The Totality of the Circumstances in Field Sobriety Tests

First thing in the morning, it may be difficult for a Sheboygan resident to stand on one leg, follow a light with his eyes, or recite the alphabet backwards. Though these feats are not terribly taxing on a person's physical or cognitive abilities, they may be extra challenging to successfully complete when an individual is transitioning from sleep to consciousness. After a few minutes of wakefulness and maybe a cup of coffee, his success at performing these common field sobriety tests may significantly improve.

This short discussion of how sleep may influence one's ability to perform during a mental or physical test is intended to introduce the important concept of evaluating the totality of the circumstances when seeking evidence of intoxication from a suspected drunk driver. For every test that law enforcement officials utilize to prove that a driver suspected of intoxication is actually drunk there can be a myriad of other factors that explain or defend the way the driver performed on the particular test or tests.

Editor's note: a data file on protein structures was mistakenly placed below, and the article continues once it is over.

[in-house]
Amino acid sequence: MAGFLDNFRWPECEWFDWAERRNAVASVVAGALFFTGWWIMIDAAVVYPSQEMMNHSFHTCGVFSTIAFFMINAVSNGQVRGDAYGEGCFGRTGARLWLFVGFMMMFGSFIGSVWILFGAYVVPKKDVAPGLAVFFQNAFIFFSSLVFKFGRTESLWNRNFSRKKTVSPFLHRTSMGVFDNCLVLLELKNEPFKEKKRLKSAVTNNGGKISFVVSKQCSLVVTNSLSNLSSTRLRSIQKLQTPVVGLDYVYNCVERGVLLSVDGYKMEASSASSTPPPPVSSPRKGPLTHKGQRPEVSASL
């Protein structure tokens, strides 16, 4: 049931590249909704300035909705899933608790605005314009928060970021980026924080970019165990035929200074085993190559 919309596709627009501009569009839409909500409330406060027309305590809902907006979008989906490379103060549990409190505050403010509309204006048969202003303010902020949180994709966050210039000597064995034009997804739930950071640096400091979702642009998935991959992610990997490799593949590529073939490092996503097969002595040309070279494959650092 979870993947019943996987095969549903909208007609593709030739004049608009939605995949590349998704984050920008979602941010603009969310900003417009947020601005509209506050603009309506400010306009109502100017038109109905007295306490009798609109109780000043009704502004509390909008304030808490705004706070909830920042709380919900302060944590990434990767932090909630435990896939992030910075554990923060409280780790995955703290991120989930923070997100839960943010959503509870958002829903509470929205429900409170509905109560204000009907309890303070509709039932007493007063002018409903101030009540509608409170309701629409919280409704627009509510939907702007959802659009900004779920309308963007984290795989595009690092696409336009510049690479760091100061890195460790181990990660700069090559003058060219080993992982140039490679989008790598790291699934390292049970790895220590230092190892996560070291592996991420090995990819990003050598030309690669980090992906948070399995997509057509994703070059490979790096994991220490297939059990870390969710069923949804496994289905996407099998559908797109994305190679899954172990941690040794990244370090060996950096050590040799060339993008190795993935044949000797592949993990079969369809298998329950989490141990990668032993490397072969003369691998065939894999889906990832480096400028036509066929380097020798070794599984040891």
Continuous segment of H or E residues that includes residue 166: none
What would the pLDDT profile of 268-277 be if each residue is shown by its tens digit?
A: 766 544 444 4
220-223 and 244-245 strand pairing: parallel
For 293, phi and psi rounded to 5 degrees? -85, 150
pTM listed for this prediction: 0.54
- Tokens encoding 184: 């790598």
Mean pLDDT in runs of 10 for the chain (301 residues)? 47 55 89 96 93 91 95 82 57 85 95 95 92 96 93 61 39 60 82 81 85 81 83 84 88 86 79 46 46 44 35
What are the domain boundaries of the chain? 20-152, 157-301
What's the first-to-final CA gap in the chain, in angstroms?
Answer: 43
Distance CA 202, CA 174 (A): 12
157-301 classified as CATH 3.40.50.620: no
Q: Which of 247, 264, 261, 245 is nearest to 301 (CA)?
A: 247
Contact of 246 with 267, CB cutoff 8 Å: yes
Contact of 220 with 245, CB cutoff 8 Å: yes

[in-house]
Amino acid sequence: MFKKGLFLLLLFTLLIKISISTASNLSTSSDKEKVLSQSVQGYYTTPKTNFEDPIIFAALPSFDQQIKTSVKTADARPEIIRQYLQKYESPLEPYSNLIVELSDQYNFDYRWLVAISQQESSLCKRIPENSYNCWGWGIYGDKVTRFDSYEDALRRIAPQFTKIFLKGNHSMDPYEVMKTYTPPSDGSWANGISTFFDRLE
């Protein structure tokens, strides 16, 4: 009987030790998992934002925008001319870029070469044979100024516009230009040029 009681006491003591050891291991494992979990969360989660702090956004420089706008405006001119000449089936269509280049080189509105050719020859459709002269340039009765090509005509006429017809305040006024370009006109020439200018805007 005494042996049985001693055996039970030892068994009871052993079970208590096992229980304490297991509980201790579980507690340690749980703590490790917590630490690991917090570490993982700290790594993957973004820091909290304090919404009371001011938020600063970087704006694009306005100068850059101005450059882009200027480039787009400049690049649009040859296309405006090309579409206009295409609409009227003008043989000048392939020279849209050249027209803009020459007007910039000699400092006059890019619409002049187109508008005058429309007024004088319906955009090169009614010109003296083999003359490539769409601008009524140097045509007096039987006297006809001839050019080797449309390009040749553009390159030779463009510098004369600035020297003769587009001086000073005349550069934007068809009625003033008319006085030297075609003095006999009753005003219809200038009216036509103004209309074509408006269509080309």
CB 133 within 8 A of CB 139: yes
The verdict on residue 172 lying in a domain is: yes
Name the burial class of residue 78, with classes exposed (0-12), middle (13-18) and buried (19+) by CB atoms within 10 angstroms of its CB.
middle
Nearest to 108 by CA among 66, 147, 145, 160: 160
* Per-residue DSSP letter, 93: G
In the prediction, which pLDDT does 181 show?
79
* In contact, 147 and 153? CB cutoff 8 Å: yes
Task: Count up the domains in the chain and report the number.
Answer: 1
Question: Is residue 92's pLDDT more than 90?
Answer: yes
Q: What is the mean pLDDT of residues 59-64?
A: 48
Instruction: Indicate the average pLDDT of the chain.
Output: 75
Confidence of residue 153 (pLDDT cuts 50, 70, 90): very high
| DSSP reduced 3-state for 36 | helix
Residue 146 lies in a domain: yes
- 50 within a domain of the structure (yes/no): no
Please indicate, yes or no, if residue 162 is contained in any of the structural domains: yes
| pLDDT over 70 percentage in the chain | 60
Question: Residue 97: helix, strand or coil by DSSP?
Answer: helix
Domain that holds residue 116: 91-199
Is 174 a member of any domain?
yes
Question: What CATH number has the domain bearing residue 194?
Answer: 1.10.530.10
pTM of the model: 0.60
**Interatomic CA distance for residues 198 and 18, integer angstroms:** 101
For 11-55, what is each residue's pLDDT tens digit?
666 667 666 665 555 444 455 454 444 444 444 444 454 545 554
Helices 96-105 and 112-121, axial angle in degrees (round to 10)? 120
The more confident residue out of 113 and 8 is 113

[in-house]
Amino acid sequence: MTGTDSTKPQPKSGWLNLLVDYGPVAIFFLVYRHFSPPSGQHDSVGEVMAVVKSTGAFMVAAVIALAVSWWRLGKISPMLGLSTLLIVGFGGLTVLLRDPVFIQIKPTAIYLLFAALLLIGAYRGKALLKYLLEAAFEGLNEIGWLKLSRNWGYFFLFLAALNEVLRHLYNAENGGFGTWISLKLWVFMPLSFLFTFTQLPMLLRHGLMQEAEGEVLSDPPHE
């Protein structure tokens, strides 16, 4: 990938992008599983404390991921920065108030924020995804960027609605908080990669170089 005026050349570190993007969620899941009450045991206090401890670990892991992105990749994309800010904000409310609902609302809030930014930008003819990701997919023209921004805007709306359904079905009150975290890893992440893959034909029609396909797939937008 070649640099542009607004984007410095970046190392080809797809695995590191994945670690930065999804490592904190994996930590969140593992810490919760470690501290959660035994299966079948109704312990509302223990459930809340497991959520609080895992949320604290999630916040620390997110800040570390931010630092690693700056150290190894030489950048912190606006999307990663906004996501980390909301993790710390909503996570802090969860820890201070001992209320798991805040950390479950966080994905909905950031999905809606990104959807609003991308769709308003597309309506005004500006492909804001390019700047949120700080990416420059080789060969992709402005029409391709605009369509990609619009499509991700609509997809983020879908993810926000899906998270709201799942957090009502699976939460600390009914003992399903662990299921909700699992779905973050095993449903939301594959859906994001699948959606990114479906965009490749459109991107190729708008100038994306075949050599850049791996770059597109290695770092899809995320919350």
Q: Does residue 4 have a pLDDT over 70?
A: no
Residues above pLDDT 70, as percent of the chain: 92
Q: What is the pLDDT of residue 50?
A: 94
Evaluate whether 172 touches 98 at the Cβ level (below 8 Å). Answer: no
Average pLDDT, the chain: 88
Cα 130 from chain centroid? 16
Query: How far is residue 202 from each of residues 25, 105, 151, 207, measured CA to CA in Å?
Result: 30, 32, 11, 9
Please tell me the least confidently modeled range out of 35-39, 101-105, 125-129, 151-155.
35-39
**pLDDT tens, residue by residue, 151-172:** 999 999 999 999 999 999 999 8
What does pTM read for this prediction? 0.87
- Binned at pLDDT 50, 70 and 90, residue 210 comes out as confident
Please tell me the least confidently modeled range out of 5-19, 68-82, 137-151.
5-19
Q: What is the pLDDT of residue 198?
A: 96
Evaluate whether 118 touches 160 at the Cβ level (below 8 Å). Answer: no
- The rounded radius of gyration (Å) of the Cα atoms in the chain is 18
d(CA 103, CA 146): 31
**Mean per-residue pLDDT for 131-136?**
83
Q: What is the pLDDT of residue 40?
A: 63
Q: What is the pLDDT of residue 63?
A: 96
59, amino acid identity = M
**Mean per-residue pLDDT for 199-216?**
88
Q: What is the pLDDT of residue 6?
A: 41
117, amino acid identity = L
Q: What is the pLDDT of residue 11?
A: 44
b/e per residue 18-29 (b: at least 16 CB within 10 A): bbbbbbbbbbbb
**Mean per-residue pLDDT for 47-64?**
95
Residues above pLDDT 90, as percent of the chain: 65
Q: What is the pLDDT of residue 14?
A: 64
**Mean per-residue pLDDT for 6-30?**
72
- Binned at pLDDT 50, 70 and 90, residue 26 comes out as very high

The concept of totality of circumstances arises from criminal law and the idea that police officers may take action without warrants under the Fourth Amendment when exigent circumstances exist. The United States Supreme Court evaluated this concept in the realm of drunk driving cases when it reviewed the matter of Missouri v. McNeely. McNeely had been arrested for speeding and allegedly violating other driving laws; he refused both breathalyzer and blood tests but was forced to submit blood samples to law enforcement officials for analysis. When his blood showed that he was operating his vehicle with a BAC over the state's legal limit he was arrested for DUI.

The Supreme Court ultimately disagreed with the state's application of exigency because it failed to account for the totality of the circumstances present in the case. The state was not allowed to adopt a blanket rule that would override law enforcement officials' mandates that they seek warrants and arrest for cause just because they believed exigencies existed. Though different circumstances may result in different outcomes for Wisconsin drivers, it is helpful to know that the full factual situation of a drunk driving arrest should be considered to ensure that law enforcement officials follow the laws they are charged with upholding.